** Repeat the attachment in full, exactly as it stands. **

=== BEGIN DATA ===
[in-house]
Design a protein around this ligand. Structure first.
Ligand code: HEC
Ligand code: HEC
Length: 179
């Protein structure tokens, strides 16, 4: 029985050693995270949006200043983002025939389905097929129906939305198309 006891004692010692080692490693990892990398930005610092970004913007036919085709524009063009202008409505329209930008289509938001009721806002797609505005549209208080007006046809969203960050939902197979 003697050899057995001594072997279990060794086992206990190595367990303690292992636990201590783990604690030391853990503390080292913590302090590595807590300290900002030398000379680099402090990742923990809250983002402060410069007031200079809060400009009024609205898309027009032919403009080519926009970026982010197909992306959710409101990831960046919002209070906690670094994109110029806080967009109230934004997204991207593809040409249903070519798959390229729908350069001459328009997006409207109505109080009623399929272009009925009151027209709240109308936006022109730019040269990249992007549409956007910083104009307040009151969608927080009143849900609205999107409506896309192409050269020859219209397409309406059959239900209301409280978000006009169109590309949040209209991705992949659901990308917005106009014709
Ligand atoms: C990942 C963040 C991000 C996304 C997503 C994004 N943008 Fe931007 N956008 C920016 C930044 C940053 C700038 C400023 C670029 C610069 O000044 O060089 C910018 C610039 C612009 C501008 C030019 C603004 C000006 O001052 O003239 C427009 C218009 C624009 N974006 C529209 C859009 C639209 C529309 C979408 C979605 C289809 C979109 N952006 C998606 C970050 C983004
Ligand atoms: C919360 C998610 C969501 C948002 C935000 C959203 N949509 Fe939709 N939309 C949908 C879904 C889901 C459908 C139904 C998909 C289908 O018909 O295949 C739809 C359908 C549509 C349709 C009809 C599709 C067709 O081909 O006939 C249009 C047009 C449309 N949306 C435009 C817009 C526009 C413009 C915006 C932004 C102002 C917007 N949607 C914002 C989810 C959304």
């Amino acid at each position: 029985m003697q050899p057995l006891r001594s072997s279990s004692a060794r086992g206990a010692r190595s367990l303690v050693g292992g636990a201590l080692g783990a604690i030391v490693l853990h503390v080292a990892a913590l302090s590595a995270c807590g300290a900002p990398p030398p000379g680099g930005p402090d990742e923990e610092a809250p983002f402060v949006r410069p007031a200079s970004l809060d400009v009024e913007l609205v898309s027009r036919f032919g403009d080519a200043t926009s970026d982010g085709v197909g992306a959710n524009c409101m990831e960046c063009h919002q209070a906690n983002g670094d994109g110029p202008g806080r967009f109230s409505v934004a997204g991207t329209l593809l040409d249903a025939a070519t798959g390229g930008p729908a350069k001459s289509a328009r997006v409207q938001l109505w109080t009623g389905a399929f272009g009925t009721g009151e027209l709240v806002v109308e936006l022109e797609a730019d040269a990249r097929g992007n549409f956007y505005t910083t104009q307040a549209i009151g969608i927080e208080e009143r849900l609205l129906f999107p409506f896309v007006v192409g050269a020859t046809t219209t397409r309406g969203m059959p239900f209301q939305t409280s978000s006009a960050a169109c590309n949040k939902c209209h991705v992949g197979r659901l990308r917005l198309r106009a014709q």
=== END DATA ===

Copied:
[in-house]
Design a protein around this ligand. Structure first.
Ligand code: HEC
Ligand code: HEC
Length: 179
């Protein structure tokens, strides 16, 4: 029985050693995270949006200043983002025939389905097929129906939305198309 006891004692010692080692490693990892990398930005610092970004913007036919085709524009063009202008409505329209930008289509938001009721806002797609505005549209208080007006046809969203960050939902197979 003697050899057995001594072997279990060794086992206990190595367990303690292992636990201590783990604690030391853990503390080292913590302090590595807590300290900002030398000379680099402090990742923990809250983002402060410069007031200079809060400009009024609205898309027009032919403009080519926009970026982010197909992306959710409101990831960046919002209070906690670094994109110029806080967009109230934004997204991207593809040409249903070519798959390229729908350069001459328009997006409207109505109080009623399929272009009925009151027209709240109308936006022109730019040269990249992007549409956007910083104009307040009151969608927080009143849900609205999107409506896309192409050269020859219209397409309406059959239900209301409280978000006009169109590309949040209209991705992949659901990308917005106009014709
Ligand atoms: C990942 C963040 C991000 C996304 C997503 C994004 N943008 Fe931007 N956008 C920016 C930044 C940053 C700038 C400023 C670029 C610069 O000044 O060089 C910018 C610039 C612009 C501008 C030019 C603004 C000006 O001052 O003239 C427009 C218009 C624009 N974006 C529209 C859009 C639209 C529309 C979408 C979605 C289809 C979109 N952006 C998606 C970050 C983004
Ligand atoms: C919360 C998610 C969501 C948002 C935000 C959203 N949509 Fe939709 N939309 C949908 C879904 C889901 C459908 C139904 C998909 C289908 O018909 O295949 C739809 C359908 C549509 C349709 C009809 C599709 C067709 O081909 O006939 C249009 C047009 C449309 N949306 C435009 C817009 C526009 C413009 C915006 C932004 C102002 C917007 N949607 C914002 C989810 C959304």
């Amino acid at each position: 029985m003697q050899p057995l006891r001594s072997s279990s004692a060794r086992g206990a010692r190595s367990l303690v050693g292992g636990a201590l080692g783990a604690i030391v490693l853990h503390v080292a990892a913590l302090s590595a995270c807590g300290a900002p990398p030398p000379g680099g930005p402090d990742e923990e610092a809250p983002f402060v949006r410069p007031a200079s970004l809060d400009v009024e913007l609205v898309s027009r036919f032919g403009d080519a200043t926009s970026d982010g085709v197909g992306a959710n524009c409101m990831e960046c063009h919002q209070a906690n983002g670094d994109g110029p202008g806080r967009f109230s409505v934004a997204g991207t329209l593809l040409d249903a025939a070519t798959g390229g930008p729908a350069k001459s289509a328009r997006v409207q938001l109505w109080t009623g389905a399929f272009g009925t009721g009151e027209l709240v806002v109308e936006l022109e797609a730019d040269a990249r097929g992007n549409f956007y505005t910083t104009q307040a549209i009151g969608i927080e208080e009143r849900l609205l129906f999107p409506f896309v007006v192409g050269a020859t046809t219209t397409r309406g969203m059959p239900f209301q939305t409280s978000s006009a960050a169109c590309n949040k939902c209209h991705v992949g197979r659901l990308r917005l198309r106009a014709q």